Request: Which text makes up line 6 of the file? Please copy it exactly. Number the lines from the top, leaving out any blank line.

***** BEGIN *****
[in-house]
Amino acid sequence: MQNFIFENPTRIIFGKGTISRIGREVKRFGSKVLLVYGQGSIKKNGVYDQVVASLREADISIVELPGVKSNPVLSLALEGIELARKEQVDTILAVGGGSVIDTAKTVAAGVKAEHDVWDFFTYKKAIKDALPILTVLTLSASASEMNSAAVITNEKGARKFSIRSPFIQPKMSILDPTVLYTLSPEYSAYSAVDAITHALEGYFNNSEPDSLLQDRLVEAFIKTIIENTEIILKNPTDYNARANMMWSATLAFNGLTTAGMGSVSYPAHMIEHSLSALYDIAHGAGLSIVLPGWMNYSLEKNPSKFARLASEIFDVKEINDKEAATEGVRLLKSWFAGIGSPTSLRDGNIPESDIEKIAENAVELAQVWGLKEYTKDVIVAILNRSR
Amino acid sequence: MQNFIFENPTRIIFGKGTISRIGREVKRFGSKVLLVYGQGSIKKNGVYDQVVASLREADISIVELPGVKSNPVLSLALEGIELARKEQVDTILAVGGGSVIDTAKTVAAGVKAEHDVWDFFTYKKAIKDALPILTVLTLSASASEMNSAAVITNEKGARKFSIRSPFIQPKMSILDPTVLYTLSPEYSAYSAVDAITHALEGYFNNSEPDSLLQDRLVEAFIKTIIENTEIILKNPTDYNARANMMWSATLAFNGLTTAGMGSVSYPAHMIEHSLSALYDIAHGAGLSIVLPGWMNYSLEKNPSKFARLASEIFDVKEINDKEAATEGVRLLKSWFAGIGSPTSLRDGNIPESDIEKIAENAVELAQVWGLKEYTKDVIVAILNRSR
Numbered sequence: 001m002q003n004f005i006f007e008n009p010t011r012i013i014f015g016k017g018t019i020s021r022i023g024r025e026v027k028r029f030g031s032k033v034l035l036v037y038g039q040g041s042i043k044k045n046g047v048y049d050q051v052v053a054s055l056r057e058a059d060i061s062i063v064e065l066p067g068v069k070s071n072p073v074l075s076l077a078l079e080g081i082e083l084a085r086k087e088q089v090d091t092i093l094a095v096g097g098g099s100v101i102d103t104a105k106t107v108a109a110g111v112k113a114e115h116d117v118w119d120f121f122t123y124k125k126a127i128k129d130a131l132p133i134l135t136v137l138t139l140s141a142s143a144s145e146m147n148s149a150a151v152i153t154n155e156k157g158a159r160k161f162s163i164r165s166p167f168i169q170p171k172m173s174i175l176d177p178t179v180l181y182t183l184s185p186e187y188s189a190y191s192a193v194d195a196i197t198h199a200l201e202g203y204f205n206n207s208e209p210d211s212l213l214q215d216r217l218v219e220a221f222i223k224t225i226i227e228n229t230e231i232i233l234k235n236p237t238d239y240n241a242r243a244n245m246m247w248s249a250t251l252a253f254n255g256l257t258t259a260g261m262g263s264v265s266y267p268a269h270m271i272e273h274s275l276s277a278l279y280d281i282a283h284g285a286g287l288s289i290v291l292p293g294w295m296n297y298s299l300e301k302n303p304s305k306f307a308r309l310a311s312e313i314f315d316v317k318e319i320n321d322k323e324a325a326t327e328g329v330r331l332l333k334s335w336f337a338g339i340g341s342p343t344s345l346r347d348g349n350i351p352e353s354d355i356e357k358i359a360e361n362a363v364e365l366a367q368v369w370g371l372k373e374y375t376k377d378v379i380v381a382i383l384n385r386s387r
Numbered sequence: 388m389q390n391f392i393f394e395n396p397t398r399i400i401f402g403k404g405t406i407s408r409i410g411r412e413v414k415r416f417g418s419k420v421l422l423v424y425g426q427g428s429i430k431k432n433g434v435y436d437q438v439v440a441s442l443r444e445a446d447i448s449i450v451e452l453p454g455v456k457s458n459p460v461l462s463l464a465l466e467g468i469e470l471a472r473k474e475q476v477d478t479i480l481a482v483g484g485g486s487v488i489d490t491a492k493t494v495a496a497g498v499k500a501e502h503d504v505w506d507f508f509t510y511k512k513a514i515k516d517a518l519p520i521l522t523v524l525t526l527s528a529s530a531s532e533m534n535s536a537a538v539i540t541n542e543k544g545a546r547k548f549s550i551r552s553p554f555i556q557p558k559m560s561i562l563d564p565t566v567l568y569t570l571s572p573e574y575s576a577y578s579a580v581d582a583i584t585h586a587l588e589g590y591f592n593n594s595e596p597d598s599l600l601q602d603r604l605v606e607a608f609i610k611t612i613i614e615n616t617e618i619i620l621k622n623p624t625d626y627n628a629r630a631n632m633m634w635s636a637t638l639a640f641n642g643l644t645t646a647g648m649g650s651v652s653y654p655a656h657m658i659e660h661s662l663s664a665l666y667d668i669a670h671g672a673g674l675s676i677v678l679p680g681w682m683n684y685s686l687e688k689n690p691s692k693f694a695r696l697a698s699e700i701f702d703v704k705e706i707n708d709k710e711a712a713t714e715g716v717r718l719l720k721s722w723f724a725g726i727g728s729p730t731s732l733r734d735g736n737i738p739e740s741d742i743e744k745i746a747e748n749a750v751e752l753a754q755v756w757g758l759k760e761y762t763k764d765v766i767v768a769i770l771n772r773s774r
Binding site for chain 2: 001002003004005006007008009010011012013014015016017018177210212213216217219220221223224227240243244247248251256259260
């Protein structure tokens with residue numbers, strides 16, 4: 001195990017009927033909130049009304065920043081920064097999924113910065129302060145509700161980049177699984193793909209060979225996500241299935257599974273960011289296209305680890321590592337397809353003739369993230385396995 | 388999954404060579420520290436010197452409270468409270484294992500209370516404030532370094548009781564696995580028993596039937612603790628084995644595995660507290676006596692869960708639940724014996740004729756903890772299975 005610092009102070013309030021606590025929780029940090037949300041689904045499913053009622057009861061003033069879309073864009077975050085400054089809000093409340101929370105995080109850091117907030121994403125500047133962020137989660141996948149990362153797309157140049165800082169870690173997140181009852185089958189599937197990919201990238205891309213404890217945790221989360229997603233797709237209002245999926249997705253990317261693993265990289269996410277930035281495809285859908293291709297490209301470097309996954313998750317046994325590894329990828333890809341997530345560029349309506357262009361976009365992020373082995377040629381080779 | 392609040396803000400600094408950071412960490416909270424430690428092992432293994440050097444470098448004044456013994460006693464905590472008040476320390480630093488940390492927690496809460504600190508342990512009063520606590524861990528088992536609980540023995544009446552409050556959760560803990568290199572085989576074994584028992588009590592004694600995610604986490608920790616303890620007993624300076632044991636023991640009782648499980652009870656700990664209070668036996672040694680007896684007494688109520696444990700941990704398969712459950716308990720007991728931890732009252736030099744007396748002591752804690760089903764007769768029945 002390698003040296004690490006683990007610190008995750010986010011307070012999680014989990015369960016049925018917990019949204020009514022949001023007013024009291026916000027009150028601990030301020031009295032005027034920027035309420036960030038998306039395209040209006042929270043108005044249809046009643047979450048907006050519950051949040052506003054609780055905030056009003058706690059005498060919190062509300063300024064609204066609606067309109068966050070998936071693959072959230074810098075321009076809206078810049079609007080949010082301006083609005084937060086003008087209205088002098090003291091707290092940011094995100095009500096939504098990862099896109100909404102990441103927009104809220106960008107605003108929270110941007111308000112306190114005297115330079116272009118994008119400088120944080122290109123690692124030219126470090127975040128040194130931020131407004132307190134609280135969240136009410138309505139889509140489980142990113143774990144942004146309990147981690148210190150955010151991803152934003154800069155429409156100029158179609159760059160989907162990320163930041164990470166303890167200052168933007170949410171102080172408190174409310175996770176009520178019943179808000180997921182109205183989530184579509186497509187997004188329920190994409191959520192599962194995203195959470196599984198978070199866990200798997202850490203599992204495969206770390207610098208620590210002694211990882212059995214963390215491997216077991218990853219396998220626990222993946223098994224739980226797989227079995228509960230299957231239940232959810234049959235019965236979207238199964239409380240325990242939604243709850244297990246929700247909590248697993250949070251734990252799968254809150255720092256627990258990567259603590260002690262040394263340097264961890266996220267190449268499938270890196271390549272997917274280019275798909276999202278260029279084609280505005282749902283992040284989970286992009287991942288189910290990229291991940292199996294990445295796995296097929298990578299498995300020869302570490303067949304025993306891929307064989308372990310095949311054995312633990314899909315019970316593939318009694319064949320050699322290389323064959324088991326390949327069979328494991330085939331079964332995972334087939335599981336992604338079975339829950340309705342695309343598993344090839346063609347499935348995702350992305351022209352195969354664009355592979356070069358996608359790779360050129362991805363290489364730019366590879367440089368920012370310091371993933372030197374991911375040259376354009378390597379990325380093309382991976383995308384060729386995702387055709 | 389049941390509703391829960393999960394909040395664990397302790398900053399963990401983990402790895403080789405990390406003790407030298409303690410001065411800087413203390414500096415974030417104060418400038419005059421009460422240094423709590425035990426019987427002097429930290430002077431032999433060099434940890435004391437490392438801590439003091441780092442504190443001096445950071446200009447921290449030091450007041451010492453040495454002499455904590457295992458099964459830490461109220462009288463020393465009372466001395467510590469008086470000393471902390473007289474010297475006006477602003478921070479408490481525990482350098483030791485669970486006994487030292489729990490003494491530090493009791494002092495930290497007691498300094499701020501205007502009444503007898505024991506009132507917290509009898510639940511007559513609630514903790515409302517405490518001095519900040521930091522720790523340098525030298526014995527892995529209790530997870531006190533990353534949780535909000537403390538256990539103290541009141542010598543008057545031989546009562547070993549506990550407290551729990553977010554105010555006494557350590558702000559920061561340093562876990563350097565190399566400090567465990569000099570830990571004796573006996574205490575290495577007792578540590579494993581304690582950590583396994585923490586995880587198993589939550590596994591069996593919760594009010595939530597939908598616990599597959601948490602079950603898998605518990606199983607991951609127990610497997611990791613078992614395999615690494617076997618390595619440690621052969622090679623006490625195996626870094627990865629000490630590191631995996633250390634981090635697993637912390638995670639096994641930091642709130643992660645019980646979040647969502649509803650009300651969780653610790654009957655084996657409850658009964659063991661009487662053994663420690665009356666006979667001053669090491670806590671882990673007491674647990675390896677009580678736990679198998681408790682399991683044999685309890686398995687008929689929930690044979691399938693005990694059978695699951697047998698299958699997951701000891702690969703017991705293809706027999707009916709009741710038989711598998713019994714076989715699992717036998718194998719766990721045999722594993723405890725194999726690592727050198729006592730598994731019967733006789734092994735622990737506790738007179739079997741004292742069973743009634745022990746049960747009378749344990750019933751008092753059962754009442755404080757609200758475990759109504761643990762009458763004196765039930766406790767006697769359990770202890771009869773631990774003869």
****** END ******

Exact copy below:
Binding site for chain 2: 001002003004005006007008009010011012013014015016017018177210212213216217219220221223224227240243244247248251256259260